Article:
- name: keys
          mountPath: /var/run/keys
          readOnly: true
        workingDir: /app
        command: ["/bin/sh","-c"]
        args: ["nginx && ./main --config /var/run/keys/conf.yaml"]
      volumes:
      - name: keys
        secret:
          secretName: keys
---
apiVersion: v1
kind: Service
metadata:
  name: myproject-service
spec:
  type: LoadBalancer
  ports:
    - name: http
      protocol: TCP
      port: 80
      targetPort: 5000
  selector:
    app: myproject

As you can see you need to modify this deployment descriptor to your needs. One important thing to remember (regardless if your using Deployment or DaemonSets) is to ass this to the kubernetes-do.yaml:

 spec:
      imagePullSecrets:
      - name: registry-myregistry

If you don't add it you will get "Authentication required" and ImagePullBackoff error.

Now you can commit the changes. But don't push yet. We still need to merge master with our do branch.

git add .
git commit -am "Added digitalocean deployment descriptor for CD"
git checkout master
git pull origin master
git checkout do
git merge master

We should see in our folder structure new folder called .github. Under that there should be a sub-folder called workflows with containing file: docker-image.yml.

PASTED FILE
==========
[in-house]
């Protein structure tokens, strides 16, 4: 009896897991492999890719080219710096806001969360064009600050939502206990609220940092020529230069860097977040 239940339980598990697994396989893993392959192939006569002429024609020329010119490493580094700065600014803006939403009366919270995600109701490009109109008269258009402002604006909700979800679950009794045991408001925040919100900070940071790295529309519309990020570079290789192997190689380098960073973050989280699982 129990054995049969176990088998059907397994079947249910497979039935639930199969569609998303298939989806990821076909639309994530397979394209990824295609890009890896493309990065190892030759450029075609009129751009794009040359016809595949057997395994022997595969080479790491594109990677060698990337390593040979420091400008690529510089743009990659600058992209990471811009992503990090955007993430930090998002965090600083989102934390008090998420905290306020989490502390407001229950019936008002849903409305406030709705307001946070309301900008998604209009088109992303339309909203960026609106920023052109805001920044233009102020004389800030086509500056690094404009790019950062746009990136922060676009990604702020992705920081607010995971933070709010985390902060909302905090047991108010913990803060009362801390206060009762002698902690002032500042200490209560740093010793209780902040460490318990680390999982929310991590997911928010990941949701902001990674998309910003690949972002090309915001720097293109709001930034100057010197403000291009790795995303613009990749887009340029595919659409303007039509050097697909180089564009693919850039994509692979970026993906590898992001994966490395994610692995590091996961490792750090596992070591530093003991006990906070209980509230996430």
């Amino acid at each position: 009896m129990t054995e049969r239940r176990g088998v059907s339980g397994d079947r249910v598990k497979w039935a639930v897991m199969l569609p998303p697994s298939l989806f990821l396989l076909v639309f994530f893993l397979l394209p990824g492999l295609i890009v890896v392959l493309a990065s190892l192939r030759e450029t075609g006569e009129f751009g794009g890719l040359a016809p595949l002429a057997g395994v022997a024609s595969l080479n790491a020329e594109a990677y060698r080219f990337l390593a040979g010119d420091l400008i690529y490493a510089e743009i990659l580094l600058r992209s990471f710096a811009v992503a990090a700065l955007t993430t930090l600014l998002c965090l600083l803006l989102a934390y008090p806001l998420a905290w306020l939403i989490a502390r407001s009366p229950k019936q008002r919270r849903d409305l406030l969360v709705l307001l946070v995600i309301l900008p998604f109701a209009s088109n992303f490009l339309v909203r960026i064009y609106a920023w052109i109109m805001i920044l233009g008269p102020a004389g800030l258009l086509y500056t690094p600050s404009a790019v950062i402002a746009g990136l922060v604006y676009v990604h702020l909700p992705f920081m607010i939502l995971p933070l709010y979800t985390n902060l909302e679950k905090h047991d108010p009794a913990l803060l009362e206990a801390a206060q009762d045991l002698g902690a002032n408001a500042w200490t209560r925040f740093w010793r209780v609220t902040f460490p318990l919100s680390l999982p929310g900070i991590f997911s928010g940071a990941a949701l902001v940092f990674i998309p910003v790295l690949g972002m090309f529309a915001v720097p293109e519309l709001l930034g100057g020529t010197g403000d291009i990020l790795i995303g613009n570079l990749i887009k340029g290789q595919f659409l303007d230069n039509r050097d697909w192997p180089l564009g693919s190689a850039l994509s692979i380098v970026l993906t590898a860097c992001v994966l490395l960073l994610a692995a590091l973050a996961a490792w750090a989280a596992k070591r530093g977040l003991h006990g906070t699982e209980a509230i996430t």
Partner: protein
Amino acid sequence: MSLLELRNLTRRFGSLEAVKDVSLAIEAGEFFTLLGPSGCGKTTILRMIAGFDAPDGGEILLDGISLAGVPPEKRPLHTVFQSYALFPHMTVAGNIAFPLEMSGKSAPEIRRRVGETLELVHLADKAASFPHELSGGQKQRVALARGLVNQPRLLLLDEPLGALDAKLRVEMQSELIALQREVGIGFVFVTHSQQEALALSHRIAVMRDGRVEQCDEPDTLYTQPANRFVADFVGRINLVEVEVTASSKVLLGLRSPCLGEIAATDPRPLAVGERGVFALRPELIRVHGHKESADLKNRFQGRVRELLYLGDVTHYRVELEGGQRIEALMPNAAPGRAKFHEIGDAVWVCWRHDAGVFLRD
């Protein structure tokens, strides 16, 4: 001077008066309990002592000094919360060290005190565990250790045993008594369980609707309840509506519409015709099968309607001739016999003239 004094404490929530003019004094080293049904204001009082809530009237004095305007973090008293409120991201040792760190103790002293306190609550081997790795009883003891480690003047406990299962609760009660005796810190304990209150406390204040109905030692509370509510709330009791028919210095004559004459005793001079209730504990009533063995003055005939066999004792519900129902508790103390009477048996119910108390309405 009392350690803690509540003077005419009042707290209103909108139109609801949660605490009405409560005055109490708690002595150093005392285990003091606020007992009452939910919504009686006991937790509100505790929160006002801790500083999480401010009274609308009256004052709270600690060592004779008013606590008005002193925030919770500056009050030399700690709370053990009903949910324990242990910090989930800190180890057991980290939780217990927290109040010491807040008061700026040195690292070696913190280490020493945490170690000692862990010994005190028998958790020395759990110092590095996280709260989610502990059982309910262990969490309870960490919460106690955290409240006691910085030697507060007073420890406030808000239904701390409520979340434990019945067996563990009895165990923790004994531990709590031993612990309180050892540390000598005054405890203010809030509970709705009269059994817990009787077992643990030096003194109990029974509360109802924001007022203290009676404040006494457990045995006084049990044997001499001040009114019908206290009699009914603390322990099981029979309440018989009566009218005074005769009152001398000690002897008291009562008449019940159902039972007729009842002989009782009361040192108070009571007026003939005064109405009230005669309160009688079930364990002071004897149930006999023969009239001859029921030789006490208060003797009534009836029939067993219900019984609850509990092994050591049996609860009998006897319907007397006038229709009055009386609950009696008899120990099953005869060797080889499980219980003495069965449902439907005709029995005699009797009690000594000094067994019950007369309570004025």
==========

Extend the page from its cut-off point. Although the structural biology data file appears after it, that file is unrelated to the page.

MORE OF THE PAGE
The docker-image.yml is just a simple set of command. They're equivalent as we would make a deployment from our local computer. It's just that syntax is a bit different.

I'd recommend trying to manually follow step by step the commands to verify that everything works as it should:

docker build . --file Dockerfile --tag registry.digitalocean.com/myregistry/myproject:mytest01 --build-arg token=abcdef # --build-arg is specific to private GitHub repos here

doctl registry login --expiry-seconds 600

docker push registry.digitalocean.com/myregistry/myproject:mytest01

In kubernetes.yml replace <IMAGE> with your image: registry.digitalocean.com/myregistry/myproject:mytest01

doctl kubernetes cluster kubeconfig save mydigitaloceanclustername

doctl registry kubernetes-manifest | kubectl apply -f -

kubectl apply -f kubernetes-do.yaml

When this works, revert the changes you've made for manual deployment testing and push the do branch to GitHub. Then go to GitHub actions and watch the magic. Or pull some hair out if it doesn't work for you.

I recommend manually installing LoadBalancer directly from your command line and potential secrets. Those really to be deployed only once. After that they don't have to be messed with.

kubect apply -f do-service.yml

Some additional resources:

Author image

Igor Rendulic

  • Salt Lake City
Explorer, developer, ... Using this website as the bookmarking service for the things that might become useful in the future.